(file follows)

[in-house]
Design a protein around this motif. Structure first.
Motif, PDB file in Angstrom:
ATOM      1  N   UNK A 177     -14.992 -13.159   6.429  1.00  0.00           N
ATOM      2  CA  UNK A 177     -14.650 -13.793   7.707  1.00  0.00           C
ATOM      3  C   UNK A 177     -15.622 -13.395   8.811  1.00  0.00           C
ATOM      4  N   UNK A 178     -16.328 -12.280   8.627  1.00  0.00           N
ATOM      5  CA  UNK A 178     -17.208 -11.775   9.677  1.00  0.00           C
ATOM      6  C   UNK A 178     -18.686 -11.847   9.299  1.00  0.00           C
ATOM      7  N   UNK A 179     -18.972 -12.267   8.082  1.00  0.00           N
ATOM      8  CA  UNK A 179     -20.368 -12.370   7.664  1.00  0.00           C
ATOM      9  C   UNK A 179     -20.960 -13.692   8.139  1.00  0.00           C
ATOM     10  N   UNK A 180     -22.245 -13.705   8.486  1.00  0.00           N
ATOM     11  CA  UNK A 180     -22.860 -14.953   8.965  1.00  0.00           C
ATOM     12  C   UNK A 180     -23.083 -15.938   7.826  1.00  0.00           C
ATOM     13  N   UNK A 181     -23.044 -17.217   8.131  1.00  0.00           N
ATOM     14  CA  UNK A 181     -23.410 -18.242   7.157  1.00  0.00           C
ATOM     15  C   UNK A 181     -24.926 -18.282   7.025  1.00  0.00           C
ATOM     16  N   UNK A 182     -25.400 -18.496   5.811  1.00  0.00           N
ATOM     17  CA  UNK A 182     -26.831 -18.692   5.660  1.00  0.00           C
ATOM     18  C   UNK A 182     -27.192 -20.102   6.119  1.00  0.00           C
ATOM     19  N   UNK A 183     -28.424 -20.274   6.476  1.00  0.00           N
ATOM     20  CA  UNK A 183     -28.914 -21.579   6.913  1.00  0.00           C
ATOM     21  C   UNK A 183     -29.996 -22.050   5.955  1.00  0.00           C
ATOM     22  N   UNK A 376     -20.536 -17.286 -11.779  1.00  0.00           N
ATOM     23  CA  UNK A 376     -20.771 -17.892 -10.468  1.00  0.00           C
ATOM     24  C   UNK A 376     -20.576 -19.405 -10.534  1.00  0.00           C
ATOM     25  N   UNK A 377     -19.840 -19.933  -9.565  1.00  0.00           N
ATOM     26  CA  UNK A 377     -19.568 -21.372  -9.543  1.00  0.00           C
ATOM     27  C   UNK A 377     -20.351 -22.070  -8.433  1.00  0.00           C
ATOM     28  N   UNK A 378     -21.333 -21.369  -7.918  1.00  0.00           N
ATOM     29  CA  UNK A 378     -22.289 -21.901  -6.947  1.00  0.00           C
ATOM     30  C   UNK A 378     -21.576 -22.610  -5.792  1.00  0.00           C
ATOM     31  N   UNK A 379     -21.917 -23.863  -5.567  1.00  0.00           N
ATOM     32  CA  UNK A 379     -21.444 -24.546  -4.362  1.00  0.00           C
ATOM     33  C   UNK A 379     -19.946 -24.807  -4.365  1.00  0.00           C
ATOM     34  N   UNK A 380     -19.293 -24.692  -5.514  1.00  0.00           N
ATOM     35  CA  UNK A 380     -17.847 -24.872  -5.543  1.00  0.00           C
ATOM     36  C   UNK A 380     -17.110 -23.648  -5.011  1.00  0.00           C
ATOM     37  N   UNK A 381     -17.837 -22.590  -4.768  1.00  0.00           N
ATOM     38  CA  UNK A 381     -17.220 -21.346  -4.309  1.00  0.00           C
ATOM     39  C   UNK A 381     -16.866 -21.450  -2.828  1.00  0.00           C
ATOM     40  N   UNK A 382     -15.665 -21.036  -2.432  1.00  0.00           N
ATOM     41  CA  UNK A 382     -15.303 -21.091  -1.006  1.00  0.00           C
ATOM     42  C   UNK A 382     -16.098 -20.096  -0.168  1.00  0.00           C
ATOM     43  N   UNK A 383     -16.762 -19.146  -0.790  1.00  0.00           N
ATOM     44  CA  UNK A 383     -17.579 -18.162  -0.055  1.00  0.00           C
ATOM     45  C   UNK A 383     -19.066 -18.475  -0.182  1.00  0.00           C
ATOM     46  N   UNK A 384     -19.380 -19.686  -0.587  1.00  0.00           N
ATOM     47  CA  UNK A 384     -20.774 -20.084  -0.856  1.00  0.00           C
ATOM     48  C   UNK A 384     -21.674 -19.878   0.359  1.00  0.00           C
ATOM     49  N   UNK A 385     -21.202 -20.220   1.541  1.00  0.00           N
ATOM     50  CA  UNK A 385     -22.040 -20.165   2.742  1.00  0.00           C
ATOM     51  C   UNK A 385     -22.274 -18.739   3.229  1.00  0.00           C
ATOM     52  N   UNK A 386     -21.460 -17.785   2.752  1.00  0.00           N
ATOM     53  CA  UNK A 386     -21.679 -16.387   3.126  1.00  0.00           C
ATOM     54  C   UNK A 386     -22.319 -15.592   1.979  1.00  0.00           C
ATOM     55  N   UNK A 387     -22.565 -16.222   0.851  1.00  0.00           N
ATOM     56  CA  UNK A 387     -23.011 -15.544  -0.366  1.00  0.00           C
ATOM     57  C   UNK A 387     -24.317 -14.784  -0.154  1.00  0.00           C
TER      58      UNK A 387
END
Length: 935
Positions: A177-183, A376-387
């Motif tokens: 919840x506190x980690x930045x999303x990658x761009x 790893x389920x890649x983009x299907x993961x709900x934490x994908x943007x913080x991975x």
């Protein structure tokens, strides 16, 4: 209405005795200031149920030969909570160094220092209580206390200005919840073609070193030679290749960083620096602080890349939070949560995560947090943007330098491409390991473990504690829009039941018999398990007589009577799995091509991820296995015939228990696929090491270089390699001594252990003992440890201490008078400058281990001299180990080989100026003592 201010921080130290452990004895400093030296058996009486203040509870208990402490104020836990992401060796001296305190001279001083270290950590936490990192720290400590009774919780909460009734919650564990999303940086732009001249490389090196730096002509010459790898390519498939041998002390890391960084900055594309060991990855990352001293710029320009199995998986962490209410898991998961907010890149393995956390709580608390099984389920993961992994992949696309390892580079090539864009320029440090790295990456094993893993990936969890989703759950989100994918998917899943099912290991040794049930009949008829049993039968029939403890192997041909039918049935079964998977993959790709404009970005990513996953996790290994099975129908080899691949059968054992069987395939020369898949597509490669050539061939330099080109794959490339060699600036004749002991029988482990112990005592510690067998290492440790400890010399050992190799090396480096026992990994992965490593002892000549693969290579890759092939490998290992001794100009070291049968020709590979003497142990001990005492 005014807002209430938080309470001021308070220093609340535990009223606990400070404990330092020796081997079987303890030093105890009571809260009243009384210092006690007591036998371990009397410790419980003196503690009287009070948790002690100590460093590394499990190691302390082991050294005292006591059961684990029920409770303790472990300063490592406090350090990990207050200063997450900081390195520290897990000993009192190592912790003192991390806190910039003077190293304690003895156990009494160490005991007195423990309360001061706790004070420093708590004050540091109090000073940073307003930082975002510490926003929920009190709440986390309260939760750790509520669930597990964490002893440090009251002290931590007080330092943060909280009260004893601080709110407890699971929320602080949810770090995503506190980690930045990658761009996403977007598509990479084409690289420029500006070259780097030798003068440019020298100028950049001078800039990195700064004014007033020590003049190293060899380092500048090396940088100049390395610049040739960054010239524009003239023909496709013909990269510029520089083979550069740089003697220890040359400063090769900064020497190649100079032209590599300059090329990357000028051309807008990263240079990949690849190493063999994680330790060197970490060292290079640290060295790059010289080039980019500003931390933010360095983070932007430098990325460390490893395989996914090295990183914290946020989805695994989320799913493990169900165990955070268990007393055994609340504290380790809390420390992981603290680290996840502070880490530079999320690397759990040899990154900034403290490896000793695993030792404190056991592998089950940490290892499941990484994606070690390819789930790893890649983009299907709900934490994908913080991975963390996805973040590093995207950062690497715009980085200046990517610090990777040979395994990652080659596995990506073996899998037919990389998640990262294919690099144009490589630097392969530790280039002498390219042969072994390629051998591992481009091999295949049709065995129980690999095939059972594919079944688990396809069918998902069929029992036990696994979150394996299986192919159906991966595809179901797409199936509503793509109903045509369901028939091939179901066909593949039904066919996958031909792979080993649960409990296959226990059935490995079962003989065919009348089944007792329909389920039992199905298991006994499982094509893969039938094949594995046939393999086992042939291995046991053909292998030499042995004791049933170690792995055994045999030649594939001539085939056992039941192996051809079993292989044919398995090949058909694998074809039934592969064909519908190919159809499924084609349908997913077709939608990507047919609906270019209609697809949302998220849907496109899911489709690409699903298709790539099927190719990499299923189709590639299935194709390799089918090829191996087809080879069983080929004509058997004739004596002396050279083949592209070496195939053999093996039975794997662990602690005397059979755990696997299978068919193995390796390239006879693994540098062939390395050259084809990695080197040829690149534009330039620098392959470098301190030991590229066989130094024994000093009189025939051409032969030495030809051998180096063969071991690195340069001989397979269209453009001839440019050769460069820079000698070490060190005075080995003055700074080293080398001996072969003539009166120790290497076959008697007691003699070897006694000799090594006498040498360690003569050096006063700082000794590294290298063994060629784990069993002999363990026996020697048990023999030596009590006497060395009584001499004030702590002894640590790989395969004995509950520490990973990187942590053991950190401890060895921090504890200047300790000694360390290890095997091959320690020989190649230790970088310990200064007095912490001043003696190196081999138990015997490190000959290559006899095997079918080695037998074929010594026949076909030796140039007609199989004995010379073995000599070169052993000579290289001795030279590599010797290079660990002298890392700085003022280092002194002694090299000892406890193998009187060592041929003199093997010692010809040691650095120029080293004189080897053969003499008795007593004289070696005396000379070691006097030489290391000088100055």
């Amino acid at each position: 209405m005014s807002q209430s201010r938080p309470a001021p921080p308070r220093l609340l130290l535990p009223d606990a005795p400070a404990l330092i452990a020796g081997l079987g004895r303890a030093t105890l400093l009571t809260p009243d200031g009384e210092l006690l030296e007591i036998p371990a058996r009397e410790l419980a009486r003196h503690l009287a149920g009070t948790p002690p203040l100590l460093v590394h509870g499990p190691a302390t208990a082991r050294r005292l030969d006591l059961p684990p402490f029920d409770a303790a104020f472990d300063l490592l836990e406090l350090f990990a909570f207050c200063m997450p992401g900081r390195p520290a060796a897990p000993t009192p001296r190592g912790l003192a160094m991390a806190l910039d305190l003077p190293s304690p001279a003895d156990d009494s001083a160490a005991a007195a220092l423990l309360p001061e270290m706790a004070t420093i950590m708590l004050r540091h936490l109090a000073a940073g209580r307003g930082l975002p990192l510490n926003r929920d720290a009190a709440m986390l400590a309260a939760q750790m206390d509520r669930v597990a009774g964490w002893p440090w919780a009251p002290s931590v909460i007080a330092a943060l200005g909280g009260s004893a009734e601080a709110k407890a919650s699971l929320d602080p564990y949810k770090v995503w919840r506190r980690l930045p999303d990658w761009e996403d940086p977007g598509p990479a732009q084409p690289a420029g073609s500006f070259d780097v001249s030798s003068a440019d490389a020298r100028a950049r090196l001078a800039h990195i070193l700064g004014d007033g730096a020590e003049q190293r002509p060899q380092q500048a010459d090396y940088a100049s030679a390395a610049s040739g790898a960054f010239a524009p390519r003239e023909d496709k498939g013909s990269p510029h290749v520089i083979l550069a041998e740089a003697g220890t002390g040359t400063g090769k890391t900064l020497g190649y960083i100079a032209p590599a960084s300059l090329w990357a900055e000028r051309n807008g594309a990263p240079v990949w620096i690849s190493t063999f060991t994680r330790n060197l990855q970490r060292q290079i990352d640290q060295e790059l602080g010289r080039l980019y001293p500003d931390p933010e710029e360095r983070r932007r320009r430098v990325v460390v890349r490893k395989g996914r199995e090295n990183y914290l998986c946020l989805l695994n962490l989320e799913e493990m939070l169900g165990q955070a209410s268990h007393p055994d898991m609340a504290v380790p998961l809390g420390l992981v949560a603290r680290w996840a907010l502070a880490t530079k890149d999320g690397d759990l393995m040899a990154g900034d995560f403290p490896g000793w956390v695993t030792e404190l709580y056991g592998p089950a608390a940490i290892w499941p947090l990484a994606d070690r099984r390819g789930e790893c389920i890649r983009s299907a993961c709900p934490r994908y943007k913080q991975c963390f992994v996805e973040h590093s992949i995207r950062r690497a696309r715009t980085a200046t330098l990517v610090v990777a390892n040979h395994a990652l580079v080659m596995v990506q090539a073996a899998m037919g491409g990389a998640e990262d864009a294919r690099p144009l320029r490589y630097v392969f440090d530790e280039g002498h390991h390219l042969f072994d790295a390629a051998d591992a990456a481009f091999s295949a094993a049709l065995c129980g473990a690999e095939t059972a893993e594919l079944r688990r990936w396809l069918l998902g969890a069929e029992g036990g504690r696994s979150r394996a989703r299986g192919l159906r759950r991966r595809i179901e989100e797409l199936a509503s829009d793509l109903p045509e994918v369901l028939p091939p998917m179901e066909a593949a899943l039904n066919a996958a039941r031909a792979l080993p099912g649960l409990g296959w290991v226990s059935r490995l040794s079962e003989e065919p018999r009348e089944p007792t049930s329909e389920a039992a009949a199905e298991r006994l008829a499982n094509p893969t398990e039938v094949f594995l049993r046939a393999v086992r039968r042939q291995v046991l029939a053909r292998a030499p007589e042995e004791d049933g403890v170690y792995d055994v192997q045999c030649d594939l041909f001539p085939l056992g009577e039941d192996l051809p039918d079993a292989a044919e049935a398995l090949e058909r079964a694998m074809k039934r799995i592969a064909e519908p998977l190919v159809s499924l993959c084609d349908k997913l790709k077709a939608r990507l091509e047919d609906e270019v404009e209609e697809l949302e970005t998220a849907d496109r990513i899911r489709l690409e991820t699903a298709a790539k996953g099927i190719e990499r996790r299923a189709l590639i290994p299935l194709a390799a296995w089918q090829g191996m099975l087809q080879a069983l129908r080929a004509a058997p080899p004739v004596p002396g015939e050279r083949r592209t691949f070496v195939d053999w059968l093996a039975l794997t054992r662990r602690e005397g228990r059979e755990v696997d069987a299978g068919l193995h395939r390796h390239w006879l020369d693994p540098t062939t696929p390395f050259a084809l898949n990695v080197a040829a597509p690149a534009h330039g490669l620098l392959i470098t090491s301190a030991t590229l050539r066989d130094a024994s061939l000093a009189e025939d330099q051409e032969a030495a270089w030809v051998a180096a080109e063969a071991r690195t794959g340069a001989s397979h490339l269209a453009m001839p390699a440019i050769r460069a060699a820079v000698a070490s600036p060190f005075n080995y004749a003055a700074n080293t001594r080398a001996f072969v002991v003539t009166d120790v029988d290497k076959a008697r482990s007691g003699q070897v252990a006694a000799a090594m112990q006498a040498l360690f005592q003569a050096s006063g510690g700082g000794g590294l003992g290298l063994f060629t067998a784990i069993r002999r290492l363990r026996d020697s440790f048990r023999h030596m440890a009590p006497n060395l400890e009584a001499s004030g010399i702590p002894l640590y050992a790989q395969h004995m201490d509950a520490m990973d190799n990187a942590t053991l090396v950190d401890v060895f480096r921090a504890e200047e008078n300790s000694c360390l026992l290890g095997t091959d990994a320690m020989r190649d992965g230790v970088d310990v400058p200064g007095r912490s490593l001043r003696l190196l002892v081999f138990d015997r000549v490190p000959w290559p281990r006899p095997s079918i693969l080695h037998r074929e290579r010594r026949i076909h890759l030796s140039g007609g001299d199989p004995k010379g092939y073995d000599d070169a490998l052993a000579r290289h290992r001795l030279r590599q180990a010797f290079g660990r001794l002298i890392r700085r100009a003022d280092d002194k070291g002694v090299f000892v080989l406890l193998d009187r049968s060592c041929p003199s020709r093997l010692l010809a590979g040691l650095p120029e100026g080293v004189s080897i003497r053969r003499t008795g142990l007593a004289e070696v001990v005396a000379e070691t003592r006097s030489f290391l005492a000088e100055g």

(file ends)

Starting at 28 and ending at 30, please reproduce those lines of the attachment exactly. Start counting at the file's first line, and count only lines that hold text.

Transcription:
ATOM     25  N   UNK A 377     -19.840 -19.933  -9.565  1.00  0.00           N
ATOM     26  CA  UNK A 377     -19.568 -21.372  -9.543  1.00  0.00           C
ATOM     27  C   UNK A 377     -20.351 -22.070  -8.433  1.00  0.00           C